Monday, July 21, 2008

It's HOT!!

Yes, I'm still alive here in the city. Just barely. It is super hot here! Yesterday we were walking to the subway to get to church and I thought I was going to die. Thank goodness for air-conditioned subway cars. although sometimes you get into one that isn't and you either realize it too late and are stuck in it until you can transfer at the next stop or you just deal with it. Dealing with it really seems like a stupid idea, however, because it's an awfully long subway ride when there's not AC. The platforms, however, are not air-conditioned and they have to be the single worst, hottest and sometime smelliest places to be in the summer months. This is also where most of my sweating is done. And trust me, I'm not the only one sweating. Everybody is sweating, and it seems to be something we just accept as New Yorkers. I actually saw an article in either AM New York or Metro that said New York was the sweatiest city in the nation, producing the most gallons of sweat in an hour. If any of you come out to visit (note to Mom and Emily) you are warned.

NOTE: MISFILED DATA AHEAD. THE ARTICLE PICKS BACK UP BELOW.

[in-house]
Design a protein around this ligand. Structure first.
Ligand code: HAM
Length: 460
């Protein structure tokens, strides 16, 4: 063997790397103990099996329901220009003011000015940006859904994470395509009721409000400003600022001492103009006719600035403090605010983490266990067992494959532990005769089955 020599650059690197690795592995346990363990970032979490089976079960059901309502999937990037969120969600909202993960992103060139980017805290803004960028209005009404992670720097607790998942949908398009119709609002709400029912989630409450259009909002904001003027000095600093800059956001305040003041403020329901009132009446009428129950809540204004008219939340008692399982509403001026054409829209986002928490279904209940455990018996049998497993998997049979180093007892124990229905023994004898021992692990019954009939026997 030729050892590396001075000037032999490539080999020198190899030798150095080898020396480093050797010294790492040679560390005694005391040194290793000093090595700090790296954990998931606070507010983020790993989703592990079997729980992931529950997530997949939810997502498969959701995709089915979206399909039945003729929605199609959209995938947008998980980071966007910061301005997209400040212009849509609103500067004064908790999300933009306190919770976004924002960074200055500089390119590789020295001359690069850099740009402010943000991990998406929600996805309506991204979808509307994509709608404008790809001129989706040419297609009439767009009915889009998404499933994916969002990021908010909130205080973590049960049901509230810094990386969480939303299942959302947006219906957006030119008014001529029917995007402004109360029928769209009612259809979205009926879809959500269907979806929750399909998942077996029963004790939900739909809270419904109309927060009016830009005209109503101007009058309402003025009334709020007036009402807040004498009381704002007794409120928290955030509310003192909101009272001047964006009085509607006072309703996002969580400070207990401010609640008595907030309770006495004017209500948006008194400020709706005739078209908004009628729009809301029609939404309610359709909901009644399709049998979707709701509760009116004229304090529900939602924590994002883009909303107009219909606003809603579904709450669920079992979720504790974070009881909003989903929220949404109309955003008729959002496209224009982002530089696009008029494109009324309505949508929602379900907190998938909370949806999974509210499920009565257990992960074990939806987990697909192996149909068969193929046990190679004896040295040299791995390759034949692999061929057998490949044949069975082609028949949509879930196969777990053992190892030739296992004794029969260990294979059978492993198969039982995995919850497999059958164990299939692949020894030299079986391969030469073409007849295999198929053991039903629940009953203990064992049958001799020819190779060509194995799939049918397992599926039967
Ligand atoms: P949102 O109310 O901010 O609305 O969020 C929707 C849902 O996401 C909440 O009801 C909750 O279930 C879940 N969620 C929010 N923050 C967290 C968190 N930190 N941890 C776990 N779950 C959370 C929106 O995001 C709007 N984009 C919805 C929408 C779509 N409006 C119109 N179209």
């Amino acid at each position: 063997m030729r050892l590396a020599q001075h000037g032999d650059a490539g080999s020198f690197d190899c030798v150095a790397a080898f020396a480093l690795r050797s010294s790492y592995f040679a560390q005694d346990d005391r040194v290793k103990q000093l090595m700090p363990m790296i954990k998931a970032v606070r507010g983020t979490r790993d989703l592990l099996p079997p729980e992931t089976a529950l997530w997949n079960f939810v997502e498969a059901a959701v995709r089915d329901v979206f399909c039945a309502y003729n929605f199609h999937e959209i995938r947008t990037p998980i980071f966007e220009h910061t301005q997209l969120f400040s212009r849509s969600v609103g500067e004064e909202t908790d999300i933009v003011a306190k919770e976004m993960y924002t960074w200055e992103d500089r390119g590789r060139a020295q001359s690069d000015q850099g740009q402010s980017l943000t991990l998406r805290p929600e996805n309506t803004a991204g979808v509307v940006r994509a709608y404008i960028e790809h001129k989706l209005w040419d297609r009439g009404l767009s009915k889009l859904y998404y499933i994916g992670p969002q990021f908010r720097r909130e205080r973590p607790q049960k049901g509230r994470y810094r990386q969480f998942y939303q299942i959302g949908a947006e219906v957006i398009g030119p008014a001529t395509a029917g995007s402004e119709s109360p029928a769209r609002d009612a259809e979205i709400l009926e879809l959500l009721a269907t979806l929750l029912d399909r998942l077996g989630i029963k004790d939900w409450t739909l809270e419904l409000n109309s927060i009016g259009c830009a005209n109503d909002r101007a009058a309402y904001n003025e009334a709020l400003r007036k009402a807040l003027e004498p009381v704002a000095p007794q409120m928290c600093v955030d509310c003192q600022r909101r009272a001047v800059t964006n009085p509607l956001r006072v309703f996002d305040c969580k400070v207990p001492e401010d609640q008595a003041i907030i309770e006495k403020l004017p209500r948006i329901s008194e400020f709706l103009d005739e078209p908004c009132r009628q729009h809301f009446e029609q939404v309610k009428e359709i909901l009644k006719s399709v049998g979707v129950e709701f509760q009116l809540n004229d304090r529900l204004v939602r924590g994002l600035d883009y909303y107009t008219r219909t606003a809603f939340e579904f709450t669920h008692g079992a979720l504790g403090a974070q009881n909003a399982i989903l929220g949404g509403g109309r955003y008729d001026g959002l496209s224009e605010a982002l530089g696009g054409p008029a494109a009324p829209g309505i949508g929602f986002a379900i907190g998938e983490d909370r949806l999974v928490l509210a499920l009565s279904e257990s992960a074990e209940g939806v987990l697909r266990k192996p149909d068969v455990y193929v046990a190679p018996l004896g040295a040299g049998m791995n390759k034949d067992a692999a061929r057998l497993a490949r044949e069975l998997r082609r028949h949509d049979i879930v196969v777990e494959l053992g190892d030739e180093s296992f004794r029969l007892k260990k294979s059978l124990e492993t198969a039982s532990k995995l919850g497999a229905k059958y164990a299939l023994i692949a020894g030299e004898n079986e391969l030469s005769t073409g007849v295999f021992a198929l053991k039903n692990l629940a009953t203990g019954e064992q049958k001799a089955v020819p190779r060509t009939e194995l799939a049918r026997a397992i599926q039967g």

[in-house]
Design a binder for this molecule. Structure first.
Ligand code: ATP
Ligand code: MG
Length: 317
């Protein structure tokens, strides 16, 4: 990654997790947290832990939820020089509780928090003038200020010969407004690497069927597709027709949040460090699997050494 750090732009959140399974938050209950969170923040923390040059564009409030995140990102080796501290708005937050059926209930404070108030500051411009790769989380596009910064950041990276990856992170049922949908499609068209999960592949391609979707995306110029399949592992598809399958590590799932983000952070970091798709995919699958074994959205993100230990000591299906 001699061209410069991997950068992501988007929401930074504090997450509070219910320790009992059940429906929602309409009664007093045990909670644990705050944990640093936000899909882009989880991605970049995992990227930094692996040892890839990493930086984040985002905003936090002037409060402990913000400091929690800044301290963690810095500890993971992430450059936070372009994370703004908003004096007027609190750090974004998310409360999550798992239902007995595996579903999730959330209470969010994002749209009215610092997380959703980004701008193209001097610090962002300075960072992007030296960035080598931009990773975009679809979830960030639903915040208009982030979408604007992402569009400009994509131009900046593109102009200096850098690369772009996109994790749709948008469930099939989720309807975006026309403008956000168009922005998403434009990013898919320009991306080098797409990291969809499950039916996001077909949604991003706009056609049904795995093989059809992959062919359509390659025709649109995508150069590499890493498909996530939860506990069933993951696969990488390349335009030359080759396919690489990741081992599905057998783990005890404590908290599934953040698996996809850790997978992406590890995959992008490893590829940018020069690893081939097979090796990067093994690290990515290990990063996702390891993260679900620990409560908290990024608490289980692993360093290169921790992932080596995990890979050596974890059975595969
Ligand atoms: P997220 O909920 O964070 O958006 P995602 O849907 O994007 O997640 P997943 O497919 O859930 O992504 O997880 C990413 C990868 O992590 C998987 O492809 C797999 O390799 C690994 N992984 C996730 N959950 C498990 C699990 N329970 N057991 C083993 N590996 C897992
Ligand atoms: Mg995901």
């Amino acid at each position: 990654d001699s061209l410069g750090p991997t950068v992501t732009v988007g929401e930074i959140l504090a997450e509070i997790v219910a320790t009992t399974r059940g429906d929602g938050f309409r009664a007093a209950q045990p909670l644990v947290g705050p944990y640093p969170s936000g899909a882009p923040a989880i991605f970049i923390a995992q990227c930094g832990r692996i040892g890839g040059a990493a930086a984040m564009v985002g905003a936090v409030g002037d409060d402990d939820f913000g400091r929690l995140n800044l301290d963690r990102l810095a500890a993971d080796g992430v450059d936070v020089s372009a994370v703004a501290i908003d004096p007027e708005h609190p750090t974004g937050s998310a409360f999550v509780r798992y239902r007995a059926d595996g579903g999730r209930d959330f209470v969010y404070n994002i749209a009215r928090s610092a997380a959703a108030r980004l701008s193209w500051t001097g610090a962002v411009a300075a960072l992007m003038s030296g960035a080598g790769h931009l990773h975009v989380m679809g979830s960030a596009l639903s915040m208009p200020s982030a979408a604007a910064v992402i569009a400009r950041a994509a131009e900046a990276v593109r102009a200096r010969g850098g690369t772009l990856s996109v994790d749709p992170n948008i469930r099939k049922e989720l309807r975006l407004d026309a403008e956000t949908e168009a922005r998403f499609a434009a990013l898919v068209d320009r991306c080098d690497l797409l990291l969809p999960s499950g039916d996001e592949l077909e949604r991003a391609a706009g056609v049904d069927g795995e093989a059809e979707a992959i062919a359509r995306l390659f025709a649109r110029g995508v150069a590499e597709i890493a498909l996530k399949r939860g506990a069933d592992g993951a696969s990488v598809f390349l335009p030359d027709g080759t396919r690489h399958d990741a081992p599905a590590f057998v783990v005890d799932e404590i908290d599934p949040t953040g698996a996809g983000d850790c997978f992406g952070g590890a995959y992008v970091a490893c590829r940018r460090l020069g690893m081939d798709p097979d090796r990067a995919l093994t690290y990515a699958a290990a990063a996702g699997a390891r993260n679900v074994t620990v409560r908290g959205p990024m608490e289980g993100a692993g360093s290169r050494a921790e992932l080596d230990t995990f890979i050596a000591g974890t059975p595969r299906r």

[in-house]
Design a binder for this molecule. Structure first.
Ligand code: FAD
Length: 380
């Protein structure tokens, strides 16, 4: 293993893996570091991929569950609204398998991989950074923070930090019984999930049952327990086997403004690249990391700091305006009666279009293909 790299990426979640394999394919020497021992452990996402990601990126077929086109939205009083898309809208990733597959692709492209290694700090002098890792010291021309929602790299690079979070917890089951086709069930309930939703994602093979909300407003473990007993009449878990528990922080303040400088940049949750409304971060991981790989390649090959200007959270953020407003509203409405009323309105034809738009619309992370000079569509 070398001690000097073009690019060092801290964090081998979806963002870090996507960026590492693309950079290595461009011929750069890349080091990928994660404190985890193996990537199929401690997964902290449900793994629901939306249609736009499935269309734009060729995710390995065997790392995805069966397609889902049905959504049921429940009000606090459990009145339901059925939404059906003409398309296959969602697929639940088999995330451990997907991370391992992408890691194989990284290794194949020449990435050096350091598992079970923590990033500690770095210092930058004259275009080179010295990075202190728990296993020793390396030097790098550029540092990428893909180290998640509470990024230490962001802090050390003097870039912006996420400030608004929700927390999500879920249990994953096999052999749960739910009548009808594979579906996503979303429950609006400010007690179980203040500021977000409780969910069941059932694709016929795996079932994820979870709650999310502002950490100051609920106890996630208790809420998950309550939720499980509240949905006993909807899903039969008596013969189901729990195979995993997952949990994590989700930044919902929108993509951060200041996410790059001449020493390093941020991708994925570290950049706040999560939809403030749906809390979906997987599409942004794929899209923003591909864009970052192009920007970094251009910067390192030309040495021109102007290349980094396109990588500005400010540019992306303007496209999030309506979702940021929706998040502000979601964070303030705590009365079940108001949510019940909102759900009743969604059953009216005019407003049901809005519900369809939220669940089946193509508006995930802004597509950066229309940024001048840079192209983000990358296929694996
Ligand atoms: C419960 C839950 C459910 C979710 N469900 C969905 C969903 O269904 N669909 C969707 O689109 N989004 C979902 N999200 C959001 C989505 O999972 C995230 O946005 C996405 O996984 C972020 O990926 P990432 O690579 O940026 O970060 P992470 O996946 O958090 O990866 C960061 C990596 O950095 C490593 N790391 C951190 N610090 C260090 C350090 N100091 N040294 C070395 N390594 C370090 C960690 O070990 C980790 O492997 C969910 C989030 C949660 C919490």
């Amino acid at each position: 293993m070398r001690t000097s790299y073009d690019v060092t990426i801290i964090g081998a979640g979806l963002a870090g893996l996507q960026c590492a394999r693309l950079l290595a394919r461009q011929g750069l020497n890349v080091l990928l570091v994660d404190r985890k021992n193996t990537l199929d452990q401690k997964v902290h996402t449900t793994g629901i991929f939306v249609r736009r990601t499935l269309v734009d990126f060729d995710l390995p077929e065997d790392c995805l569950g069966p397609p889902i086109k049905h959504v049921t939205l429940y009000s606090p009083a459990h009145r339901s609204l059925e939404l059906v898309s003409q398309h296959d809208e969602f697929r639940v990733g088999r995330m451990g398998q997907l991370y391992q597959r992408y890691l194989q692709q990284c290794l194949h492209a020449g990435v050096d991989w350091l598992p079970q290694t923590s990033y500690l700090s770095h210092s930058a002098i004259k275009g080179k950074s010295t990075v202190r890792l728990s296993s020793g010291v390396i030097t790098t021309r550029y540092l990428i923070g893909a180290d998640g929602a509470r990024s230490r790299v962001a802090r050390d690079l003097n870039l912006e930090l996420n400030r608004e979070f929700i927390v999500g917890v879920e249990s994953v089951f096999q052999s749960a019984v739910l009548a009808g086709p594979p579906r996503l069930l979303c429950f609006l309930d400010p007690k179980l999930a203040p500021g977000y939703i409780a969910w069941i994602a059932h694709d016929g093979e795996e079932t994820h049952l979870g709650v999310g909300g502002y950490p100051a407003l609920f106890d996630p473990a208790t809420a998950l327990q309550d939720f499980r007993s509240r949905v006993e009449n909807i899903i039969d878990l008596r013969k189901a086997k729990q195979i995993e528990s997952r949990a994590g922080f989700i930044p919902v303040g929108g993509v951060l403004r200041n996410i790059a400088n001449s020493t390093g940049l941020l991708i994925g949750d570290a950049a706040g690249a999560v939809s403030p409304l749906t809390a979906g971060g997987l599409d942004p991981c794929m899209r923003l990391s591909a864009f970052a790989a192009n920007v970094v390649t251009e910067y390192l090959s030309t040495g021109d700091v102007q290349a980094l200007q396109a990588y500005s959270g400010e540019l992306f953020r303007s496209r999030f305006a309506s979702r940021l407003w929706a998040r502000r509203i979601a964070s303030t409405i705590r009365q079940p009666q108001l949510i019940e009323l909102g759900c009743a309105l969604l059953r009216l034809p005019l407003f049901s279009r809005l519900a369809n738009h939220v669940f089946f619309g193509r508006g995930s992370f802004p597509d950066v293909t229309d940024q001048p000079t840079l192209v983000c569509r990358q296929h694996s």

Since I haven't posted in so long I should mention a few of the cool things I've been doing. Stefanie and I went to an improv show at the Upright Citizen's Brigade and not only saw Josh "Tad Hamilton" Duhamel and Justin "I'm a Mac" Long but ALSO laughed hysterically!! We were lucky enough to see Amy Poehler, Rachel Dratch and numerous other funny people whose names I don't know and if I did you wouldn't know who they are anyways. It was by far the funniest thing I've seen; I've been to this show three other times and nothing has compared to that time two weeks ago.

I also rode the Staten Island Ferry (which is free and something I want to do at dusk to see the city and Statue of Liberty at night), found Alexander Hamilton's grave at Trinity Church, celebrated Maria's birthday, saw Utah "celebrity" Carole Mikita at the Crew and then the next day at church (when I first saw her at the crew I wasn't quite sure it was her, but couldn't verify with anyone because no one there is even aware of who she is. I was going to go up and talk to her but just couldn't. My instincts were confirmed though when I saw her in our chapel on Sunday.)

There was also Maria's birthday on July 8th. Mark got Maria this totally awesome chocolate cake from the bakery down the street, Village Cafe, and we all got a little sick from it (but totally in a good way!) We played Settlers of Catan before heading out to a movie (The Happening). Marky Mark had to go to work (what a loser) so Rosemary, Stefanie, me and Maria went to the Indian Cafe, where Stefanie had the waitress surprise Maria with ice cream and all of them singing Happy Birthday! She was quite surprised. I pretty much love Maria and Mark to pieces.